In recent years, Cornell has amassed an impressive stable of experts in an emerging field for modern times: the ecology and evolution of infectious disease.
Cornell infectious disease researchers span the Colleges of Veterinary Medicine, Weill Cornell Medicine, Arts and Sciences, and Agriculture and Life Sciences, and the Atkinson Center for a Sustainable Future. They trade insights across disciplines while chipping away at questions on diseases affecting humans, plants and domestic and wild animals, as well as on disease evolution and transmission.
Over the last 15 years Cornell faculty in the field have operated as a working group, with graduate students who meet for a weekly journal club to read and discuss papers from primary journals.
“We’re a little under the radar but it’s a group that has been working together for a long time,” said Brian Lazzaro, a professor of entomology whose work addresses the genomics of immune responses under different environmental conditions.
With the field gaining prominence, the colleges have pledged funds for continued research and the group has just revamped its website.
Many of these experts – along with researchers from other institutions – will showcase their findings this week at the 14th annual International Conference on Ecology and Evolution of Infectious Disease, on Cornell’s Ithaca campus, June 3-5. This is the third year, including 2007 and 2010, that Cornell has hosted the conference.
The study of infectious diseases has particular relevance for our times as humans have become a force, altering the planet’s land, water and atmosphere, all of which puts pressure on organisms and increases disease risk.
“When you challenge an animal with changing environments and climate changes, what are the tipping points? And what are organisms going to do when confronted with new diseases?” asked Kelly Zamudio, associate professor of ecology and evolutionary biology and an expert on an amphibian-killing fungus (Batrachochytrium dendrobatidis) that has decimated amphibians globally. “We [humans] are changing the world, and understanding how changing environments affect the ability of organisms to respond is a big part of disease ecology.”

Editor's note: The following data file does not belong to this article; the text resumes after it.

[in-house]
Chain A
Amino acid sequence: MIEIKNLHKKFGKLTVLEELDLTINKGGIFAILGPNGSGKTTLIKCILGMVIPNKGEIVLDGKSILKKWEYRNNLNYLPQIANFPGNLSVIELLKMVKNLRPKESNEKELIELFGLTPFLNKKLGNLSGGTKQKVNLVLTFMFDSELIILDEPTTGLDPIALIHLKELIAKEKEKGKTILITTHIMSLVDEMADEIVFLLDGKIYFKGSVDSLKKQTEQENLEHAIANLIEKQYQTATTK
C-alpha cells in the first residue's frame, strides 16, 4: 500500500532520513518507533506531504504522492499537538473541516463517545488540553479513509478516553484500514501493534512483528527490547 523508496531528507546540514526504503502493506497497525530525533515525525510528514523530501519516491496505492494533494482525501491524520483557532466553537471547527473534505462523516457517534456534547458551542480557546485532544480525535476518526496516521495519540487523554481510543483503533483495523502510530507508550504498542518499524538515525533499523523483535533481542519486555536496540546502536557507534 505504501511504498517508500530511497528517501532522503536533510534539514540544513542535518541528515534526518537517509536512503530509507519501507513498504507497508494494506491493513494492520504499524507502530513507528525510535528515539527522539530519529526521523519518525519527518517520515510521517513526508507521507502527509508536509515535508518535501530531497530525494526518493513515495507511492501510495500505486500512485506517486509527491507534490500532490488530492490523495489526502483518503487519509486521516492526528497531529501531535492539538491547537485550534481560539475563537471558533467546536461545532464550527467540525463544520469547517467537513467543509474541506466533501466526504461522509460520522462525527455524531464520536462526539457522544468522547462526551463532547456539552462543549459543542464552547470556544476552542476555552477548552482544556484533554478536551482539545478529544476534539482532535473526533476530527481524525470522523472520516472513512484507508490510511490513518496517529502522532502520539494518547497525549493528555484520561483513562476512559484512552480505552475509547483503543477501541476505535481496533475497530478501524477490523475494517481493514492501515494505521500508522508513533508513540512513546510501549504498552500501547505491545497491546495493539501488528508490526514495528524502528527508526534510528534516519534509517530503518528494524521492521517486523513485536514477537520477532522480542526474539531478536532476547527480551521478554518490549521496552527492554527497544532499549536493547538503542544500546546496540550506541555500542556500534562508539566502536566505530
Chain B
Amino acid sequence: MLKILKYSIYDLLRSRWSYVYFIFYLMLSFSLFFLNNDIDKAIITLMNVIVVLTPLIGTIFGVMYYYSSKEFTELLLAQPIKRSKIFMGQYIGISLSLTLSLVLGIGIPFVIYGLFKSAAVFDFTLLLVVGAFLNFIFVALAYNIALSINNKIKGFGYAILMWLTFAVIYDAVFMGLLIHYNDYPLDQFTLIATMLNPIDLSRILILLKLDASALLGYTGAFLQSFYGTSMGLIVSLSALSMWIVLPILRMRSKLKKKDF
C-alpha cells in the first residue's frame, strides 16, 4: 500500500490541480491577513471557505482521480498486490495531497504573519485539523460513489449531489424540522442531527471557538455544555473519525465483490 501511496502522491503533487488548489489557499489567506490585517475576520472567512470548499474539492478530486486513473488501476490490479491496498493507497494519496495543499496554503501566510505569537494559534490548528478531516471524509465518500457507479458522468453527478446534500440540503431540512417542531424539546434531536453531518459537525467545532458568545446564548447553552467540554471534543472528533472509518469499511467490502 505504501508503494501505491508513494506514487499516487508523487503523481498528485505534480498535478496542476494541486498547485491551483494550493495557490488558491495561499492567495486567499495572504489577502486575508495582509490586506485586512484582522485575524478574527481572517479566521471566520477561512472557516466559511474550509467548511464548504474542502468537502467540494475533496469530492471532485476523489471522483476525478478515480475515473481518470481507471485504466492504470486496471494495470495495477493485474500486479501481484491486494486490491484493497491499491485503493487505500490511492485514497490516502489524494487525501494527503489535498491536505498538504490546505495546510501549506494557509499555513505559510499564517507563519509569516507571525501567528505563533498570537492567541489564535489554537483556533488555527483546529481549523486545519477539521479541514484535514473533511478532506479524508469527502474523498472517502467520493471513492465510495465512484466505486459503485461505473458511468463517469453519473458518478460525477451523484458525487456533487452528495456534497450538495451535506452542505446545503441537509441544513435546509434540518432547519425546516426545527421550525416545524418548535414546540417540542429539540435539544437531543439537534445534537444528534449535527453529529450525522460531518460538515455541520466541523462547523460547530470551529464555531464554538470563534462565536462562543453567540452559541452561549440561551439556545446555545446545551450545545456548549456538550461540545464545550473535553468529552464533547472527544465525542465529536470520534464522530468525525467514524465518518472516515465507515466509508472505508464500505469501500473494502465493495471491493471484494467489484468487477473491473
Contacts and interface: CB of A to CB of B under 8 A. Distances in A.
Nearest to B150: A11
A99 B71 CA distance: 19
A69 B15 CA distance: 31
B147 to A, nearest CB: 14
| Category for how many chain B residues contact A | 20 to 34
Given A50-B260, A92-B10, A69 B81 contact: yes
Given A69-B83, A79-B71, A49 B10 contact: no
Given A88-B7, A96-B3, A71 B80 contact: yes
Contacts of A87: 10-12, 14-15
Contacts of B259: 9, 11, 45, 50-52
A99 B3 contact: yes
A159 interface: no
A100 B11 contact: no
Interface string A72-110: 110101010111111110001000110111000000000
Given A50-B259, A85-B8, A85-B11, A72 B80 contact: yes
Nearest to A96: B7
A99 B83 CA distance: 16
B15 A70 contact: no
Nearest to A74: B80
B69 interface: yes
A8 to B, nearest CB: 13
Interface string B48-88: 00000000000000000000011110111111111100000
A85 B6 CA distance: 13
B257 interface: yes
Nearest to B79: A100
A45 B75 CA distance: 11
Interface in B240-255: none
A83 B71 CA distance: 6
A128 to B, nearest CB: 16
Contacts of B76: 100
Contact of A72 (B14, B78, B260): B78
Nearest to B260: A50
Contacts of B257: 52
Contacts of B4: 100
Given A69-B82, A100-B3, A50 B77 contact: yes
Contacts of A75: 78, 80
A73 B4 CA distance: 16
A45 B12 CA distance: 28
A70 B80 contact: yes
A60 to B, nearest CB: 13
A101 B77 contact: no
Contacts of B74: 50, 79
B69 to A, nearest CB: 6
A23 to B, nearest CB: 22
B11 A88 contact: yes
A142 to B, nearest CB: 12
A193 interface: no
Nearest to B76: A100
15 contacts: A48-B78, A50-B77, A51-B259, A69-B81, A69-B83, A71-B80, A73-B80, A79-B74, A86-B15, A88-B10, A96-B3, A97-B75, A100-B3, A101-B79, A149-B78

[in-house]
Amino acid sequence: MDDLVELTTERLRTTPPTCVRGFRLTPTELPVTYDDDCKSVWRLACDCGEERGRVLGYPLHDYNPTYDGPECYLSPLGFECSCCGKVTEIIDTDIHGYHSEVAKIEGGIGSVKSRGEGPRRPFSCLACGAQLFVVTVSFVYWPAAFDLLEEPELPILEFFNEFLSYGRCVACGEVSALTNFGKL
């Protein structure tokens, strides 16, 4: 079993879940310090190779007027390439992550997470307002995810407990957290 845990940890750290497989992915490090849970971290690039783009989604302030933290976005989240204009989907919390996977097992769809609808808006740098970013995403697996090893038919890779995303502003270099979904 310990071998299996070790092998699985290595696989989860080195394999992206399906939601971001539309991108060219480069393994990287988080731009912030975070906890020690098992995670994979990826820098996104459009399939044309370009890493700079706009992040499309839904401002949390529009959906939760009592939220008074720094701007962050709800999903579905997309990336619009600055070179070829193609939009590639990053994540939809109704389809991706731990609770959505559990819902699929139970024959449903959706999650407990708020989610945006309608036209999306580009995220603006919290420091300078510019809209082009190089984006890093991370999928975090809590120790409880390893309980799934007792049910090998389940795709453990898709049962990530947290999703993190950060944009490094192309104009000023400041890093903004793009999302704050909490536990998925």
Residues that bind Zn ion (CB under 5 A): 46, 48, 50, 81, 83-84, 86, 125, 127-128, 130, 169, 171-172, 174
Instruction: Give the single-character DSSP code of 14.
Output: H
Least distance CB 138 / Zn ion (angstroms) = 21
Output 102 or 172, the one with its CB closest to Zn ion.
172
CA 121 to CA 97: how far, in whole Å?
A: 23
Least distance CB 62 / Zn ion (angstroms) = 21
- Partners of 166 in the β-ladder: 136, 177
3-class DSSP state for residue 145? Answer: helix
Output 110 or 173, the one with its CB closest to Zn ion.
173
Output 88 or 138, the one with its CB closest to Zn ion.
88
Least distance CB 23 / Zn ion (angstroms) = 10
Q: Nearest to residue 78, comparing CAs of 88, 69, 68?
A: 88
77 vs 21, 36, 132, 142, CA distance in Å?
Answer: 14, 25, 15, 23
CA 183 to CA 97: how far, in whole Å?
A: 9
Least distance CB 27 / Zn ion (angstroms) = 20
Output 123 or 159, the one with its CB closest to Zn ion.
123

Said Lazzaro, chair of the conference organizing committee, “Disease epidemics can disrupt ecosystem health, threaten endangered species, impose financial cost through spread into agricultural systems, and threaten human public health via the emergence of zoonoses [diseases transferred from animals to humans].”
At this year’s meeting, 370 researchers from Europe, South America and the United States will share results in four thematic areas:
- Polymicrobial infection and disease: In natural systems, multiple infections from different organisms almost always occur simultaneously in a host. The session will examine how those infections interact and how the outcome of infection changes when there are two infections at once.
- Pathogen dynamics within the host: The study of what a pathogen does inside a host.
- Pathogen genomics, evolution and selective constraints: What keeps pathogens from being infinitely infectious? This session looks at how pathogens work and what factors and trade-offs limit pathogens.
- Disease outbreaks on the landscape scale: The study of broader ecological epidemiology across landscapes, including marine landscapes, where rising ocean temperatures are making organisms such as coral, starfish and lobsters more susceptible to disease, for example.
Graduate students have played a major role in the conference planning this year, selecting 19 speakers from the authors of more than 200 abstracts, and they will moderate the sessions. Also, more than 200 posters will be presented.
“This community of researchers emphasizes public health, disease and wildlife systems, and ecosystem dynamics in the context of climate change, all of which are major Cornell priorities,” Lazzaro said.
The conference is supported by sponsors including the Atkinson Center, the Office of the Vice Provost for Research, and the Colleges Arts and Sciences, Veterinary Medicine, and Agriculture and Life Sciences.